Special heart rate monitor reducing infant mortality
By Christina Echegaray
September 8, 2011
A recent study published in The Journal of Pediatrics shows that a specialized heart rate monitoring system, appropriately named HeRO, can reduce infant mortality by more than 20 percent. One infant's life was saved for every 48 monitored, results showed.
The monitoring system for premature infants checks the heart's beat-to-beat variability, and can use that information to detect early signs of an infection long before any symptoms appear. The Children's Hospital NICU is the only nursery in Nashville to have the HeRO system.
Researchers had set out to examine if heart rate characteristic monitoring improves outcomes in neonates, such as reducing hospital stays. The six-year, randomized trial involved 3,003 low-birth weight infants (less than 1,500 grams) at nine sites around the country, including Children's Hospital. About 230 infants at Vanderbilt were enrolled in the trial.
"We never dreamed it would reduce mortality," said Judy Aschner, M.D., chief of Neonatology and Julia Carell Stadler Professor of Pediatrics. "We didn't imagine that something as non-invasive, simple and safe as creating a mathematical algorithm out of a heart rate would allow us to save lives."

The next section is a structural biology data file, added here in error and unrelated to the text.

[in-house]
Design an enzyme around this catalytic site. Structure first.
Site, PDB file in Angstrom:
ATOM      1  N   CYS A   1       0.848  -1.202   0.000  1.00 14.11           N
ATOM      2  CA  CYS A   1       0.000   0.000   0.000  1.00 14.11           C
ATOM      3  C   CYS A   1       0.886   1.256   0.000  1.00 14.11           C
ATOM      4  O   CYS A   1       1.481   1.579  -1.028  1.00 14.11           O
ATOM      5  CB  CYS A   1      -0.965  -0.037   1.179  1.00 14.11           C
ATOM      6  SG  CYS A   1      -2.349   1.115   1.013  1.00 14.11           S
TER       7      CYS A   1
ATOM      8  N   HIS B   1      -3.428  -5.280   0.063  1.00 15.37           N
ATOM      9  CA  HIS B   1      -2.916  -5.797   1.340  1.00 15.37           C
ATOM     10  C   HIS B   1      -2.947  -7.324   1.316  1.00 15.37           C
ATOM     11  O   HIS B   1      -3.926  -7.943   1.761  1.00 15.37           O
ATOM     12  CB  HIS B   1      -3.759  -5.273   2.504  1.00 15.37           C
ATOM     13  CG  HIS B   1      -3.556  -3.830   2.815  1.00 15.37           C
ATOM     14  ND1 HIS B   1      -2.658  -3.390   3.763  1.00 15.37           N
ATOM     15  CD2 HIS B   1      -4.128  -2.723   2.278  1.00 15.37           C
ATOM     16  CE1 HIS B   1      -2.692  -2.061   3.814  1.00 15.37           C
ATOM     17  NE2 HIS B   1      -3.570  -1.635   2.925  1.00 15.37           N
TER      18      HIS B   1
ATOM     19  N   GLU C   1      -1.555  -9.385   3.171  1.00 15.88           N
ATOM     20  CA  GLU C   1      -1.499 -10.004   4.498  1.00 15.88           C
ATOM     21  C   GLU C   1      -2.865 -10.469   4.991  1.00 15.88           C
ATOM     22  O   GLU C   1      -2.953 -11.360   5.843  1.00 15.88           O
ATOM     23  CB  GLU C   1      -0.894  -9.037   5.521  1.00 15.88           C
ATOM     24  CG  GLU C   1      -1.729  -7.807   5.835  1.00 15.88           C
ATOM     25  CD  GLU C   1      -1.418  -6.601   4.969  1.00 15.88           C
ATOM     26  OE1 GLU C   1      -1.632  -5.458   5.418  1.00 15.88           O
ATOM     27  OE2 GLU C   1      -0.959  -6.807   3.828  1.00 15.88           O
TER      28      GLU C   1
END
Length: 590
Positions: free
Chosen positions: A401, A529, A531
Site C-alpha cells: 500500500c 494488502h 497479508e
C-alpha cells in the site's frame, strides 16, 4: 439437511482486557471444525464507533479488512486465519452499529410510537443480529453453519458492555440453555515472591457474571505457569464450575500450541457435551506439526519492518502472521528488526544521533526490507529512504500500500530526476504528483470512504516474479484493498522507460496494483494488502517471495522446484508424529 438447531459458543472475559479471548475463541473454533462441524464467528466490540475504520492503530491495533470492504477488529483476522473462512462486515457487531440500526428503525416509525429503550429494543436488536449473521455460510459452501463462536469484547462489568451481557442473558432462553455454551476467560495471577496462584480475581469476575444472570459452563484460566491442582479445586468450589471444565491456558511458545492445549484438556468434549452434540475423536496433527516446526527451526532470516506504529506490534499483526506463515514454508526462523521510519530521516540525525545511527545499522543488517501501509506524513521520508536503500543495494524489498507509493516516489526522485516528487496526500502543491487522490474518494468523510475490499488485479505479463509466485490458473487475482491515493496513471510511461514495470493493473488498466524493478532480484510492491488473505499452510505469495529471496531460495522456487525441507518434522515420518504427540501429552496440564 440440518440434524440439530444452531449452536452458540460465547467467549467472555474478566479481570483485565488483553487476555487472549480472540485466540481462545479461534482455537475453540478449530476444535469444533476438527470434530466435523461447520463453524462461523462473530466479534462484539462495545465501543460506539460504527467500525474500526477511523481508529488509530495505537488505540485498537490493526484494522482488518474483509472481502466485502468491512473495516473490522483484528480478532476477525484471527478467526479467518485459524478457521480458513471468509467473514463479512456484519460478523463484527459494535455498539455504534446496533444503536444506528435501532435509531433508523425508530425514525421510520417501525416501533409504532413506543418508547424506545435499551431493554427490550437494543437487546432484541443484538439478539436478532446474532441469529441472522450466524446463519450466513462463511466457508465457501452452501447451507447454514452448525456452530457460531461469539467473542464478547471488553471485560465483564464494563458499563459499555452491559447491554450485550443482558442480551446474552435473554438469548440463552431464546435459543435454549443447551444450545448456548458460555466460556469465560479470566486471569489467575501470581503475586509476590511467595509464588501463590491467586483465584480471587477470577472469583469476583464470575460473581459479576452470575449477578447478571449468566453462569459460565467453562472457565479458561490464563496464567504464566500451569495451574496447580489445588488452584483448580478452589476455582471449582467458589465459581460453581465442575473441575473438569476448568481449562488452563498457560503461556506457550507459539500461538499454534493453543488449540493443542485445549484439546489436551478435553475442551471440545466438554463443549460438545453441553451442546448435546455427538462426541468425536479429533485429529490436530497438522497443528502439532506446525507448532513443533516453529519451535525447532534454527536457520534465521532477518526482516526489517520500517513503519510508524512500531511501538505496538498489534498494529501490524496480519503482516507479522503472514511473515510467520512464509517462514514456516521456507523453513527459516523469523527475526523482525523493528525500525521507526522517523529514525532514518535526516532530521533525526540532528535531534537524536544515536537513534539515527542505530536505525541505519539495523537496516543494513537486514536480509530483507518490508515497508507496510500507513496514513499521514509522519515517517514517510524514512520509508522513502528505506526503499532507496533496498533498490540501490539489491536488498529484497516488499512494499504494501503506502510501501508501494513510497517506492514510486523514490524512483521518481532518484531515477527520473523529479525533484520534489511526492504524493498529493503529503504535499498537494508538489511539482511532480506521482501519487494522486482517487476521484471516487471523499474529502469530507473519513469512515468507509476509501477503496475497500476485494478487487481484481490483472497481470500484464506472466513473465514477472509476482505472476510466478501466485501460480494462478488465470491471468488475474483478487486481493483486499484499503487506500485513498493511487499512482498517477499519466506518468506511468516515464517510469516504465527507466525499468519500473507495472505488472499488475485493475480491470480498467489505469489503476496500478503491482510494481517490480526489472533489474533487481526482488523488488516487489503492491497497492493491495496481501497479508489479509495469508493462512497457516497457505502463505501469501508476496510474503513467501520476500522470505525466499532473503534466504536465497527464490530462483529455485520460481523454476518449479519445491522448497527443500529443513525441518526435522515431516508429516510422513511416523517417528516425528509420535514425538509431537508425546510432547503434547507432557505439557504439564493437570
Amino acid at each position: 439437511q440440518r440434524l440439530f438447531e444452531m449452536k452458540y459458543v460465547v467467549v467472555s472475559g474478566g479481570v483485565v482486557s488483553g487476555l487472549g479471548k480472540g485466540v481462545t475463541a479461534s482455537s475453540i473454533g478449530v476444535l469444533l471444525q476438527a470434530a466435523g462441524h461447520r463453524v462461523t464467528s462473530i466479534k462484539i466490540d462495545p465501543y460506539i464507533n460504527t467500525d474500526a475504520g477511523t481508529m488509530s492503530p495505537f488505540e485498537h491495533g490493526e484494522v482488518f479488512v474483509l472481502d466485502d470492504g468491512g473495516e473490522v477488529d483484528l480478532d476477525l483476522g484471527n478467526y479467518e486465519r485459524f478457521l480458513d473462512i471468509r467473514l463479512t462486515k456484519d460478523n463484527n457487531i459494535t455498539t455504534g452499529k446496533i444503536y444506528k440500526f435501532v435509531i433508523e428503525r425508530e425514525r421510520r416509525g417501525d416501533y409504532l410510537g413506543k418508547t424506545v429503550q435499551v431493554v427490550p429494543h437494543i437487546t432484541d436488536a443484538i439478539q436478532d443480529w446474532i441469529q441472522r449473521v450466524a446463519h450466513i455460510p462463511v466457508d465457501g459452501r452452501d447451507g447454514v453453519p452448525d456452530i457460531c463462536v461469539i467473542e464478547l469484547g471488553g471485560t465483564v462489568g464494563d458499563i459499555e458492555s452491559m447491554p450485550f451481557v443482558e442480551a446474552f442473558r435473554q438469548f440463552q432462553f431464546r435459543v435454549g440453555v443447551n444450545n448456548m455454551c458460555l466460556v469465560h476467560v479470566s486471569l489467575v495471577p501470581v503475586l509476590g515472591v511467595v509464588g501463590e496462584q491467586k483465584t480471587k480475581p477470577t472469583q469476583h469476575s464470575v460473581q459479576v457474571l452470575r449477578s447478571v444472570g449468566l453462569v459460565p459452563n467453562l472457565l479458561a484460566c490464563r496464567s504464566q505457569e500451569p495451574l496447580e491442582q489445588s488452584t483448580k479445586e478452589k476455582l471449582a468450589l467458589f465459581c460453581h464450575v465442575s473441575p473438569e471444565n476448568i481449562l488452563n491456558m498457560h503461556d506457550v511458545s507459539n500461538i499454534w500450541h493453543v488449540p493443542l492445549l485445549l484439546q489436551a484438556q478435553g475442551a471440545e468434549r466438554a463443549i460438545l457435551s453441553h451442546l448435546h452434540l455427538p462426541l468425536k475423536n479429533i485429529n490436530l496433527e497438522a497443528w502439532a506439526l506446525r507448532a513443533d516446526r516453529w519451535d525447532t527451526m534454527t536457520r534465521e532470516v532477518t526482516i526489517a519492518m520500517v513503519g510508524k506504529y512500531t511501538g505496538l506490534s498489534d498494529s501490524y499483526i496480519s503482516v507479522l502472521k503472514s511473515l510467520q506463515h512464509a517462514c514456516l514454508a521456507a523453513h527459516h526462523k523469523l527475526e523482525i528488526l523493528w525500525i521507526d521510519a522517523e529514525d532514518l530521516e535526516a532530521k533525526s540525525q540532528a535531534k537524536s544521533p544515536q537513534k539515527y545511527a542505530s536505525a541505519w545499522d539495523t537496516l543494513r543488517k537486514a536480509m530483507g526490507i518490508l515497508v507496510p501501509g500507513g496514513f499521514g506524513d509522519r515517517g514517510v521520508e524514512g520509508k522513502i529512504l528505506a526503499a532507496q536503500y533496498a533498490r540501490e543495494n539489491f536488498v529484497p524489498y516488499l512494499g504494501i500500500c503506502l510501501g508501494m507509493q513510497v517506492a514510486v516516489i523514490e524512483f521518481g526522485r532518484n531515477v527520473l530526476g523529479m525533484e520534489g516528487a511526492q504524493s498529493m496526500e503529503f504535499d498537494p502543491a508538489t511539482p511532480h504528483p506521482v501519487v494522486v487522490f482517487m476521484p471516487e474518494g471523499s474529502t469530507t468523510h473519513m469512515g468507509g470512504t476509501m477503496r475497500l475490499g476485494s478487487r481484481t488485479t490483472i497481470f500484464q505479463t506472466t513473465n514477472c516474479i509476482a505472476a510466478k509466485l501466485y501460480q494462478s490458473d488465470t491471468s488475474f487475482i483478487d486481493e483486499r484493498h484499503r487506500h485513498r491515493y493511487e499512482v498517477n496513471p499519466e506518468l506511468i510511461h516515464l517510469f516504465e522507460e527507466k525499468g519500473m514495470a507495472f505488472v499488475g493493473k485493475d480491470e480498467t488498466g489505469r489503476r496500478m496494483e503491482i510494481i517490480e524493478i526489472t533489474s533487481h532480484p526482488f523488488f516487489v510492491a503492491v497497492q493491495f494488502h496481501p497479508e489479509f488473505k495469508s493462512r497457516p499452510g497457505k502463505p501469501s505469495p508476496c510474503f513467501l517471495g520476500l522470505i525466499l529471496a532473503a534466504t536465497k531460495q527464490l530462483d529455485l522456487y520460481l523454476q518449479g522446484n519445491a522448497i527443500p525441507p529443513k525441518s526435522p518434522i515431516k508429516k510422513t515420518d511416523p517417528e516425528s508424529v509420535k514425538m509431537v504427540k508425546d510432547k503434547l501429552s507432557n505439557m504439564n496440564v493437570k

Children's Hospital has had the system for four years. Once the clinical trial finished, every infant in the unit was placed on the monitoring system, which is connected to the bedside heart monitor in each room.
The system analyzes the heart rate variability continuously and generates a digital score from 0 up to 7. If the heart rate becomes too constant (looses variability) or there are decelerations - a sign the infant may have an infection - the score rises. Scores above a 2 start to draw attention.
Doctors are able to get out ahead of any illness the infant may be developing, using antibiotics and drawing blood cultures to confirm an infection.
"The hero score seems to be an early harbinger of an infant who is starting to get an infection," said Aschner. "It will start to rise in a baby who is getting ill long before the baby has any symptoms that we can tell. It's an extra piece of information that, it turns out, when used appropriately can save lives."
Among the trial participants in the nine centers, there were 152 deaths in the group that received standard NICU care. In the group that received standard care plus HeRO monitoring, there were 122 deaths, representing an absolute risk reduction of 2.1 percent. For the smallest infants (less than 1000 grams or 2.2 pound) who are at greatest risk of infection, one life was saved for every 23 infants monitored.
This multi-center study was co-sponsored by the National Institutes of Health (NIH) and Medical Predictive Science Corporation (MPSC).